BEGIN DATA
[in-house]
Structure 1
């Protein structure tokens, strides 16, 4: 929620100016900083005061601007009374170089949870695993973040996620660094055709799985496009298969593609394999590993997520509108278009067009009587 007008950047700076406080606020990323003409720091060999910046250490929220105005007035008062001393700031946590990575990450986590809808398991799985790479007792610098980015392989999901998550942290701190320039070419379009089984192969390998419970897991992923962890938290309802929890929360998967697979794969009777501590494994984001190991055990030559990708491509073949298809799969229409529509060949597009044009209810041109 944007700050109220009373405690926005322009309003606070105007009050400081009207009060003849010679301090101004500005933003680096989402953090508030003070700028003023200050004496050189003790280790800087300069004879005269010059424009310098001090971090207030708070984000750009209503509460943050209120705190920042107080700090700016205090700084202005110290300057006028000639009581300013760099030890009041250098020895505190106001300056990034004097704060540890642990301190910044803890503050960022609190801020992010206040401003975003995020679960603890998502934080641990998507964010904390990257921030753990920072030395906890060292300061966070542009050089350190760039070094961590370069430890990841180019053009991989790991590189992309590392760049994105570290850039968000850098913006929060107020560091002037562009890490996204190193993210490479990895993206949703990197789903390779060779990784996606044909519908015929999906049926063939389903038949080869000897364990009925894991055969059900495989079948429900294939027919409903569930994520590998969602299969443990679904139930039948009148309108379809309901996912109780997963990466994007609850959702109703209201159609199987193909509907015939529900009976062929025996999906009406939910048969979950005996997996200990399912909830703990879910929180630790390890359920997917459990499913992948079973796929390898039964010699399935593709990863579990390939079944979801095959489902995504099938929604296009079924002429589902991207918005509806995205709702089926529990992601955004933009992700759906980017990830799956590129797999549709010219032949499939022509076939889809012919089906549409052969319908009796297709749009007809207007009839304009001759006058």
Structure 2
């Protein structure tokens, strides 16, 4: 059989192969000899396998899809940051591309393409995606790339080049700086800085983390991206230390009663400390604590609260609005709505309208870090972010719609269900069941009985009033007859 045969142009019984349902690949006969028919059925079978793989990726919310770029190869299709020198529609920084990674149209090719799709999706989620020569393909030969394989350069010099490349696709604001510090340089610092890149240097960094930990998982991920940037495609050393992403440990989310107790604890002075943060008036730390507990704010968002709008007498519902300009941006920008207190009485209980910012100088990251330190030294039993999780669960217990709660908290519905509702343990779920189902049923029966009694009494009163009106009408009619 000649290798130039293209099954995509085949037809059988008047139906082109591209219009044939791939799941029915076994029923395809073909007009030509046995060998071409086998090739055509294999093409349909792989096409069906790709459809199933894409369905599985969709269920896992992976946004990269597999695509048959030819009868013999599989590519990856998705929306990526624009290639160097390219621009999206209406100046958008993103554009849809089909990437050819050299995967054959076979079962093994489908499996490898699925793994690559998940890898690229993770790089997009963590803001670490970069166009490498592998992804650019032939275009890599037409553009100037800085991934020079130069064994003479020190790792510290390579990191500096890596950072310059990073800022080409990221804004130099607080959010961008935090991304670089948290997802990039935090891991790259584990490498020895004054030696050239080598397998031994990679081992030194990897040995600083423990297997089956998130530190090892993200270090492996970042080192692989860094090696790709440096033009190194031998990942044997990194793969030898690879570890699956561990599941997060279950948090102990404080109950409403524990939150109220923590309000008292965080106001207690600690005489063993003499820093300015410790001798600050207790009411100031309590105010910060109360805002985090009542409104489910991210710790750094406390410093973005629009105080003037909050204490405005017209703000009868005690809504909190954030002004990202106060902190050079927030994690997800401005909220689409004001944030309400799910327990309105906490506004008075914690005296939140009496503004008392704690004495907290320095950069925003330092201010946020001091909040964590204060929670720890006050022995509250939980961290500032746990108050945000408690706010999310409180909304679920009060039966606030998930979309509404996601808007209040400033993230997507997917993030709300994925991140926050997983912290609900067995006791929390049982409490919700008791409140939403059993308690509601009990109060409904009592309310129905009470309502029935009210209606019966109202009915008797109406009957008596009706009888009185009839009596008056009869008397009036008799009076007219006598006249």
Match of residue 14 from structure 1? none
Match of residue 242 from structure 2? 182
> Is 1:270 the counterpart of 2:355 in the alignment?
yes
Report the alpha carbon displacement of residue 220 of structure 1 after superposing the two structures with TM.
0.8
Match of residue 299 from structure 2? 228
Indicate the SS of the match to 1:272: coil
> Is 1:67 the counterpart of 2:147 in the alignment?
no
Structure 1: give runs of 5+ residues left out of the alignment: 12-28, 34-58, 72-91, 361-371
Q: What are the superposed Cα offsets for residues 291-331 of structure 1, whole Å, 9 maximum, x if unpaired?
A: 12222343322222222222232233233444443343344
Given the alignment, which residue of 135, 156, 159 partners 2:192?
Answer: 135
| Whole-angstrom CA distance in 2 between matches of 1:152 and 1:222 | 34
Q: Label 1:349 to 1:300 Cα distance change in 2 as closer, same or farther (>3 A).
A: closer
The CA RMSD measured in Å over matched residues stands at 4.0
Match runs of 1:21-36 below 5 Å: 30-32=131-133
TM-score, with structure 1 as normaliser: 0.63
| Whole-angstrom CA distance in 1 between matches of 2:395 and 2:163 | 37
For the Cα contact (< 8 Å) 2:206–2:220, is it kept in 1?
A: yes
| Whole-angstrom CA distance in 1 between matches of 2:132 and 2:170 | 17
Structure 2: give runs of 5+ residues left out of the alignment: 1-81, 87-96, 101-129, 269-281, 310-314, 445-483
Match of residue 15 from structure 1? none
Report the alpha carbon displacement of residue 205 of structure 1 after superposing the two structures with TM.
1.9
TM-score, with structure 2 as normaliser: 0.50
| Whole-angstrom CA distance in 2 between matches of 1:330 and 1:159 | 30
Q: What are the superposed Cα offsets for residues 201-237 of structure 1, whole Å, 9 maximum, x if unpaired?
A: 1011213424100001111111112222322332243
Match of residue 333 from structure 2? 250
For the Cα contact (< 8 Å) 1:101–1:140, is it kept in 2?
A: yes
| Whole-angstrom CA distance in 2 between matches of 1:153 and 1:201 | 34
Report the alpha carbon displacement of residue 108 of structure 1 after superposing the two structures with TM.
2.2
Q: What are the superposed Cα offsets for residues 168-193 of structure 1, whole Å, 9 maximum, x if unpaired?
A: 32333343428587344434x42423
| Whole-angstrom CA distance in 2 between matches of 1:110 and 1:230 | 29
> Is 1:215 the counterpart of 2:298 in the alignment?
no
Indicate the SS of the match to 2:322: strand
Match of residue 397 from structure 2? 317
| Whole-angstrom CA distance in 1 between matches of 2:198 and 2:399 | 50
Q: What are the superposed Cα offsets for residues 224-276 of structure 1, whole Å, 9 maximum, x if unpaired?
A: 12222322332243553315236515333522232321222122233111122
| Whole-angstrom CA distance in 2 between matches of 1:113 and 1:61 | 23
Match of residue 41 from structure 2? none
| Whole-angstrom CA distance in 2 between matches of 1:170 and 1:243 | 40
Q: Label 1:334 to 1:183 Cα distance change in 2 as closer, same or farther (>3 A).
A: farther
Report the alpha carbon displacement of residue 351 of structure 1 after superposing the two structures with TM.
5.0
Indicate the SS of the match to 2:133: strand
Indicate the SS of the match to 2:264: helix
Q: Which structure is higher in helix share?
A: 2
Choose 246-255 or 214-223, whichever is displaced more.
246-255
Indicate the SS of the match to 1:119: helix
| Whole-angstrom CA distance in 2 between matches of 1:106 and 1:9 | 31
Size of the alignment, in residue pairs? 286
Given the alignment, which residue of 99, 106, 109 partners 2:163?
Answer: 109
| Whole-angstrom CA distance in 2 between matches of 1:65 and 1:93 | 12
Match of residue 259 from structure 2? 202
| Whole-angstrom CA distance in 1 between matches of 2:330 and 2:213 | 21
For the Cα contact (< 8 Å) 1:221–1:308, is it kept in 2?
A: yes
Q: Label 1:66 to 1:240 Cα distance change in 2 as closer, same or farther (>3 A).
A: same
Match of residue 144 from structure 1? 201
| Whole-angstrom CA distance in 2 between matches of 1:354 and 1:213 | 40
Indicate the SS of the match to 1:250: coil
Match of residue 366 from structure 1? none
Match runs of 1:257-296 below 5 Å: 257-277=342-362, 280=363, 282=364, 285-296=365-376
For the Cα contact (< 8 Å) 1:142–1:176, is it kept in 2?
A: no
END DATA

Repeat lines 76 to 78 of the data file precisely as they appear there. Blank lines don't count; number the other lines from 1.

For the Cα contact (< 8 Å) 1:221–1:308, is it kept in 2?
A: yes
Q: Label 1:66 to 1:240 Cα distance change in 2 as closer, same or farther (>3 A).